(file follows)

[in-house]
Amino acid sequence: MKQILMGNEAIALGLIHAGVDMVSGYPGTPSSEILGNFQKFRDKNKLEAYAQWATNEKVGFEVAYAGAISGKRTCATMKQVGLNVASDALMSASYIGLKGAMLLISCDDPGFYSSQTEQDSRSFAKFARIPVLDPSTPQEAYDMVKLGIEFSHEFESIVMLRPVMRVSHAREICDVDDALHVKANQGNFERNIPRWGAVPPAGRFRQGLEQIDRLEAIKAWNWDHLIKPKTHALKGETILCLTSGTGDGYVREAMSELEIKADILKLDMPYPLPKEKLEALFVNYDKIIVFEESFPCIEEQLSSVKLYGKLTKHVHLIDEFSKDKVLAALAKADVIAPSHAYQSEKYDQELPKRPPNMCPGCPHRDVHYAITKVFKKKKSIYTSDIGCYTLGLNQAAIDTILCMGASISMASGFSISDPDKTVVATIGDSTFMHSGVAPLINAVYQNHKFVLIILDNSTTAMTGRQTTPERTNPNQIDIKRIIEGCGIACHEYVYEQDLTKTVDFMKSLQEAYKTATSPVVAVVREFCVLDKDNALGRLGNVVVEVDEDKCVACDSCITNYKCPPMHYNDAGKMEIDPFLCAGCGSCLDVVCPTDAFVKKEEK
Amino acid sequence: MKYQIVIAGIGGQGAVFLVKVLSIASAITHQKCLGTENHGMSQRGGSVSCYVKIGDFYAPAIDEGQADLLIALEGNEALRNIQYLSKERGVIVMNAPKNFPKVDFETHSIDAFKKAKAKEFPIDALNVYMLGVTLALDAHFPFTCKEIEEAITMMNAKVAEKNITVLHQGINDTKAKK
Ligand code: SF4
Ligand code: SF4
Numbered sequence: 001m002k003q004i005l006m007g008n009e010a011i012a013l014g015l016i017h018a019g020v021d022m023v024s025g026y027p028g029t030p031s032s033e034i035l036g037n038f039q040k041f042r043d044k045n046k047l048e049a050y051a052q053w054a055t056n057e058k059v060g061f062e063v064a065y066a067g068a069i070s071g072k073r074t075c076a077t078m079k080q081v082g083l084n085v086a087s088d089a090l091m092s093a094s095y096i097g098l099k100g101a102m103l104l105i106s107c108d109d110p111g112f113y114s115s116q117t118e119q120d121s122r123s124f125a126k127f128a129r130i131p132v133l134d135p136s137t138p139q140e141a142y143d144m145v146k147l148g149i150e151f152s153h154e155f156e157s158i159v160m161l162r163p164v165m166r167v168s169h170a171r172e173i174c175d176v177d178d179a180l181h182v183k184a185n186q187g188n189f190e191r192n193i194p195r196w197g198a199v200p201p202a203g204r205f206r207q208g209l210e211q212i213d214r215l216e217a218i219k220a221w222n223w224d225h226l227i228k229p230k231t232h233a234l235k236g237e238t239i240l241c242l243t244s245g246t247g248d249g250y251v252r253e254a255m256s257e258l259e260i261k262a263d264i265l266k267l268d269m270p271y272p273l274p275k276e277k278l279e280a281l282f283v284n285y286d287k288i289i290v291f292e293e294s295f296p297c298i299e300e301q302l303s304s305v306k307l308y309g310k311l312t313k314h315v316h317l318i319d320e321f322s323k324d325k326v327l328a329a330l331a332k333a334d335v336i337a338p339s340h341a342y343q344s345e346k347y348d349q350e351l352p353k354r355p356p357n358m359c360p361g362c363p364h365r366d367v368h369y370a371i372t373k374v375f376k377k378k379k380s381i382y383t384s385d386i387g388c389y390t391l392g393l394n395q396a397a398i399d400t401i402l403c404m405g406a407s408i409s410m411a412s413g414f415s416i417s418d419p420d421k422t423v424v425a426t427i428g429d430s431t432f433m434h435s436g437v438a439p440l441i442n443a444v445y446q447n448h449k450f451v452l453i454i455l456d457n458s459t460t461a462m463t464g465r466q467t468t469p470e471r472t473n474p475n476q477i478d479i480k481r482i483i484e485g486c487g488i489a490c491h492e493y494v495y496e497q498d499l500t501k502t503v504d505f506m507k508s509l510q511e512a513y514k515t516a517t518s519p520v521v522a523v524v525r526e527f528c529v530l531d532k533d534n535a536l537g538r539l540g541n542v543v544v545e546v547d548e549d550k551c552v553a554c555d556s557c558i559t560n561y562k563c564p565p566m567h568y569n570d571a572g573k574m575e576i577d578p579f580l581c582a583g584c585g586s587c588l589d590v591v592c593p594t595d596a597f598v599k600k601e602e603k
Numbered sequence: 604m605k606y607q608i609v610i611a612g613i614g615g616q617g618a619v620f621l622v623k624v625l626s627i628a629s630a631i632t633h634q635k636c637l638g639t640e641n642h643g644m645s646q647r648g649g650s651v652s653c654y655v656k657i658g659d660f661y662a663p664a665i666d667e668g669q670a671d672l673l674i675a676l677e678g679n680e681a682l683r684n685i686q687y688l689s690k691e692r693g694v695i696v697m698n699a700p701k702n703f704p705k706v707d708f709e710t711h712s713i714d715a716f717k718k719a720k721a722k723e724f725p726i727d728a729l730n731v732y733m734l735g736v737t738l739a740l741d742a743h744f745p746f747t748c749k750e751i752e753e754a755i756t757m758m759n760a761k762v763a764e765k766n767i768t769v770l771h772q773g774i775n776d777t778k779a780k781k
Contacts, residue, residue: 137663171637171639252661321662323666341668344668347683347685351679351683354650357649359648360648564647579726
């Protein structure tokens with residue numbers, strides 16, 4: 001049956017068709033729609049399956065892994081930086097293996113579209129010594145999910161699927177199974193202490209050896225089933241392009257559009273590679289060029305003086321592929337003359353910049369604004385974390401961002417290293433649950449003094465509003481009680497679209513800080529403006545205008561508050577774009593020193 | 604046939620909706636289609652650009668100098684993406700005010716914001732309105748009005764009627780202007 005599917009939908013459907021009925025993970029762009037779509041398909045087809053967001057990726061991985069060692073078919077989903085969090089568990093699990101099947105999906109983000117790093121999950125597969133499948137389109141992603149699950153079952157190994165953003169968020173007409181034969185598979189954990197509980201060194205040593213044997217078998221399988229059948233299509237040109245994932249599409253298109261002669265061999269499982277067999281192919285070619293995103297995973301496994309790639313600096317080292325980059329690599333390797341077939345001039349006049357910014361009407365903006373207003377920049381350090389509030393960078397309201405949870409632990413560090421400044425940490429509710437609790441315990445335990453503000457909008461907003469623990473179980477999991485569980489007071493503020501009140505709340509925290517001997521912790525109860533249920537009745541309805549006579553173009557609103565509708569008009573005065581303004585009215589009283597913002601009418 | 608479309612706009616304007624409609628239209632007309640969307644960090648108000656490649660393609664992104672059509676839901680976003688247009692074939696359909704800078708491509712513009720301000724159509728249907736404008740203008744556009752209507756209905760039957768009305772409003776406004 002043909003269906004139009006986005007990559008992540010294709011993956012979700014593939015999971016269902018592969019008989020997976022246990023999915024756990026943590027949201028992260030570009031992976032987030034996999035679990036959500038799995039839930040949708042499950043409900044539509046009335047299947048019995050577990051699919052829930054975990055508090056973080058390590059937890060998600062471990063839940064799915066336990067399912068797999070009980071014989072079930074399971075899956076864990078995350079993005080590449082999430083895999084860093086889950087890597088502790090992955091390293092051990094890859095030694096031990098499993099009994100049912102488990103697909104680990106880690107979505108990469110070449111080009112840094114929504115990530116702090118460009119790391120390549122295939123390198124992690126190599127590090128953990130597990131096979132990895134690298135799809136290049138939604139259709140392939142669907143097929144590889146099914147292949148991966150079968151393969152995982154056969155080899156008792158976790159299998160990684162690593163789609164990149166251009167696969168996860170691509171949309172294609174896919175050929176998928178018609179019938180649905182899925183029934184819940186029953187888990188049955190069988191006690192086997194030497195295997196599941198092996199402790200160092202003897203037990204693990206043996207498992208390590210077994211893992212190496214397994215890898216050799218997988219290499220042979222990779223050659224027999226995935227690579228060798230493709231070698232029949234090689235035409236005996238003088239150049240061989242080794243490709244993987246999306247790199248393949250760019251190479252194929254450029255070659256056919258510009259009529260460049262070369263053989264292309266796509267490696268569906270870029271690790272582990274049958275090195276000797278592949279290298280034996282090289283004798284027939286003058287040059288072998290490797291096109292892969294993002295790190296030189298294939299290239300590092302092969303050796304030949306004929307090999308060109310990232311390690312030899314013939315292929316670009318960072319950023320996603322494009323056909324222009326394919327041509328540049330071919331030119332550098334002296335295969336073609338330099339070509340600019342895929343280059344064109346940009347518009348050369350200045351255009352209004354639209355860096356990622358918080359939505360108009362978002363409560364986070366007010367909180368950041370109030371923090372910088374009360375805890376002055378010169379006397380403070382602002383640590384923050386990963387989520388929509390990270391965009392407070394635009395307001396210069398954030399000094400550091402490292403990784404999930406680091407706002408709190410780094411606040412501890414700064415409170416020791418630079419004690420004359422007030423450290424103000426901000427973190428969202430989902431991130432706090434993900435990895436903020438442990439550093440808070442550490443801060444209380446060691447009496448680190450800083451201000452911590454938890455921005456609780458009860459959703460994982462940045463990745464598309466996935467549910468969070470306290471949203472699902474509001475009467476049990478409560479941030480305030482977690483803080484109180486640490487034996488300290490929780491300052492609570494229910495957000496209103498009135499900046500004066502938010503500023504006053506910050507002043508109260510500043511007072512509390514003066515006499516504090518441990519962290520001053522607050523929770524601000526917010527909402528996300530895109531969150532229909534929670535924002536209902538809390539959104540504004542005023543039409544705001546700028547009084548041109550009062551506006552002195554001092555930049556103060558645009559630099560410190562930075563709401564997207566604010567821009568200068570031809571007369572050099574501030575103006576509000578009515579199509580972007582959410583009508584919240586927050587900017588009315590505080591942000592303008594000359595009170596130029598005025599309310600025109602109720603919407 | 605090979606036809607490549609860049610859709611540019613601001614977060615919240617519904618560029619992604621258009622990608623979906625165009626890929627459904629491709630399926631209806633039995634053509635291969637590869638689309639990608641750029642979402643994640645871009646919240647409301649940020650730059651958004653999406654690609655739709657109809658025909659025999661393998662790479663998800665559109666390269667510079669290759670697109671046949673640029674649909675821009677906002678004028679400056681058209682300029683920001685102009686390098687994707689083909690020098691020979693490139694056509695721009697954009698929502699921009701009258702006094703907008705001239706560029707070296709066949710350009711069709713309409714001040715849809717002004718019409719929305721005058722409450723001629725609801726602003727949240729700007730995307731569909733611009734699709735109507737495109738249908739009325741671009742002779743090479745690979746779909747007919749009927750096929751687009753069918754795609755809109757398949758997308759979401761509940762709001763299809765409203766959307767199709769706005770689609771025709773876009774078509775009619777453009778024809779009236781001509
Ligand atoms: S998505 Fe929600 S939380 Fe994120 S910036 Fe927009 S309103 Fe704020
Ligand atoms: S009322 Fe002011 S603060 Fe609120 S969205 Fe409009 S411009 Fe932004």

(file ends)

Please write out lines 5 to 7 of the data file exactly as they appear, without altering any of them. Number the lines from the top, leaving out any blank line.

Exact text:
Ligand code: SF4
Numbered sequence: 001m002k003q004i005l006m007g008n009e010a011i012a013l014g015l016i017h018a019g020v021d022m023v024s025g026y027p028g029t030p031s032s033e034i035l036g037n038f039q040k041f042r043d044k045n046k047l048e049a050y051a052q053w054a055t056n057e058k059v060g061f062e063v064a065y066a067g068a069i070s071g072k073r074t075c076a077t078m079k080q081v082g083l084n085v086a087s088d089a090l091m092s093a094s095y096i097g098l099k100g101a102m103l104l105i106s107c108d109d110p111g112f113y114s115s116q117t118e119q120d121s122r123s124f125a126k127f128a129r130i131p132v133l134d135p136s137t138p139q140e141a142y143d144m145v146k147l148g149i150e151f152s153h154e155f156e157s158i159v160m161l162r163p164v165m166r167v168s169h170a171r172e173i174c175d176v177d178d179a180l181h182v183k184a185n186q187g188n189f190e191r192n193i194p195r196w197g198a199v200p201p202a203g204r205f206r207q208g209l210e211q212i213d214r215l216e217a218i219k220a221w222n223w224d225h226l227i228k229p230k231t232h233a234l235k236g237e238t239i240l241c242l243t244s245g246t247g248d249g250y251v252r253e254a255m256s257e258l259e260i261k262a263d264i265l266k267l268d269m270p271y272p273l274p275k276e277k278l279e280a281l282f283v284n285y286d287k288i289i290v291f292e293e294s295f296p297c298i299e300e301q302l303s304s305v306k307l308y309g310k311l312t313k314h315v316h317l318i319d320e321f322s323k324d325k326v327l328a329a330l331a332k333a334d335v336i337a338p339s340h341a342y343q344s345e346k347y348d349q350e351l352p353k354r355p356p357n358m359c360p361g362c363p364h365r366d367v368h369y370a371i372t373k374v375f376k377k378k379k380s381i382y383t384s385d386i387g388c389y390t391l392g393l394n395q396a397a398i399d400t401i402l403c404m405g406a407s408i409s410m411a412s413g414f415s416i417s418d419p420d421k422t423v424v425a426t427i428g429d430s431t432f433m434h435s436g437v438a439p440l441i442n443a444v445y446q447n448h449k450f451v452l453i454i455l456d457n458s459t460t461a462m463t464g465r466q467t468t469p470e471r472t473n474p475n476q477i478d479i480k481r482i483i484e485g486c487g488i489a490c491h492e493y494v495y496e497q498d499l500t501k502t503v504d505f506m507k508s509l510q511e512a513y514k515t516a517t518s519p520v521v522a523v524v525r526e527f528c529v530l531d532k533d534n535a536l537g538r539l540g541n542v543v544v545e546v547d548e549d550k551c552v553a554c555d556s557c558i559t560n561y562k563c564p565p566m567h568y569n570d571a572g573k574m575e576i577d578p579f580l581c582a583g584c585g586s587c588l589d590v591v592c593p594t595d596a597f598v599k600k601e602e603k
Numbered sequence: 604m605k606y607q608i609v610i611a612g613i614g615g616q617g618a619v620f621l622v623k624v625l626s627i628a629s630a631i632t633h634q635k636c637l638g639t640e641n642h643g644m645s646q647r648g649g650s651v652s653c654y655v656k657i658g659d660f661y662a663p664a665i666d667e668g669q670a671d672l673l674i675a676l677e678g679n680e681a682l683r684n685i686q687y688l689s690k691e692r693g694v695i696v697m698n699a700p701k702n703f704p705k706v707d708f709e710t711h712s713i714d715a716f717k718k719a720k721a722k723e724f725p726i727d728a729l730n731v732y733m734l735g736v737t738l739a740l741d742a743h744f745p746f747t748c749k750e751i752e753e754a755i756t757m758m759n760a761k762v763a764e765k766n767i768t769v770l771h772q773g774i775n776d777t778k779a780k781k